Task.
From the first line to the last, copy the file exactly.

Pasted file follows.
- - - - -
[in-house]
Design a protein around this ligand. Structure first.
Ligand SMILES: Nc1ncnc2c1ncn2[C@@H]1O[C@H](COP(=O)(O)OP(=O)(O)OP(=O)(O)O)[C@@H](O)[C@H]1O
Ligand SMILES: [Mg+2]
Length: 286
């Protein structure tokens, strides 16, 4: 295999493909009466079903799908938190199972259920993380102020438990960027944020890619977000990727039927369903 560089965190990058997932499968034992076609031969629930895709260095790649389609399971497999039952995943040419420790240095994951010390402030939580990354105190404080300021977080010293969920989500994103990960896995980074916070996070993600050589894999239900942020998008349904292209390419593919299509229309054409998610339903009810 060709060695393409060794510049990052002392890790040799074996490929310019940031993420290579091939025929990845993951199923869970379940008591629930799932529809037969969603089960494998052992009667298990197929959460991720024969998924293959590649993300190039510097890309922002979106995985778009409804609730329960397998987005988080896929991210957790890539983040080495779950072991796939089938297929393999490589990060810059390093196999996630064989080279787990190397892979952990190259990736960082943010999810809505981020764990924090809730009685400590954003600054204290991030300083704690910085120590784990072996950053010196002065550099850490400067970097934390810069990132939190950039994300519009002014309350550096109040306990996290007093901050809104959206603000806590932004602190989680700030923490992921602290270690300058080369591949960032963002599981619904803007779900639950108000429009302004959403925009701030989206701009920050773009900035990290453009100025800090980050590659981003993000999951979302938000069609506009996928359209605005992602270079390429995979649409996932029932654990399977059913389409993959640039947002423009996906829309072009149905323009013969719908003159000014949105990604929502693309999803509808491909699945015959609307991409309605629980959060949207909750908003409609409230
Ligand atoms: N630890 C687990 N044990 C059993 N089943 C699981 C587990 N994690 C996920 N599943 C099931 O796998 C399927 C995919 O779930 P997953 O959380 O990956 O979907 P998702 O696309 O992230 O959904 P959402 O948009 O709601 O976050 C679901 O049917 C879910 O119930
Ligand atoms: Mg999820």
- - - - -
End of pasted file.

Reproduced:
[in-house]
Design a protein around this ligand. Structure first.
Ligand SMILES: Nc1ncnc2c1ncn2[C@@H]1O[C@H](COP(=O)(O)OP(=O)(O)OP(=O)(O)O)[C@@H](O)[C@H]1O
Ligand SMILES: [Mg+2]
Length: 286
């Protein structure tokens, strides 16, 4: 295999493909009466079903799908938190199972259920993380102020438990960027944020890619977000990727039927369903 560089965190990058997932499968034992076609031969629930895709260095790649389609399971497999039952995943040419420790240095994951010390402030939580990354105190404080300021977080010293969920989500994103990960896995980074916070996070993600050589894999239900942020998008349904292209390419593919299509229309054409998610339903009810 060709060695393409060794510049990052002392890790040799074996490929310019940031993420290579091939025929990845993951199923869970379940008591629930799932529809037969969603089960494998052992009667298990197929959460991720024969998924293959590649993300190039510097890309922002979106995985778009409804609730329960397998987005988080896929991210957790890539983040080495779950072991796939089938297929393999490589990060810059390093196999996630064989080279787990190397892979952990190259990736960082943010999810809505981020764990924090809730009685400590954003600054204290991030300083704690910085120590784990072996950053010196002065550099850490400067970097934390810069990132939190950039994300519009002014309350550096109040306990996290007093901050809104959206603000806590932004602190989680700030923490992921602290270690300058080369591949960032963002599981619904803007779900639950108000429009302004959403925009701030989206701009920050773009900035990290453009100025800090980050590659981003993000999951979302938000069609506009996928359209605005992602270079390429995979649409996932029932654990399977059913389409993959640039947002423009996906829309072009149905323009013969719908003159000014949105990604929502693309999803509808491909699945015959609307991409309605629980959060949207909750908003409609409230
Ligand atoms: N630890 C687990 N044990 C059993 N089943 C699981 C587990 N994690 C996920 N599943 C099931 O796998 C399927 C995919 O779930 P997953 O959380 O990956 O979907 P998702 O696309 O992230 O959904 P959402 O948009 O709601 O976050 C679901 O049917 C879910 O119930
Ligand atoms: Mg999820």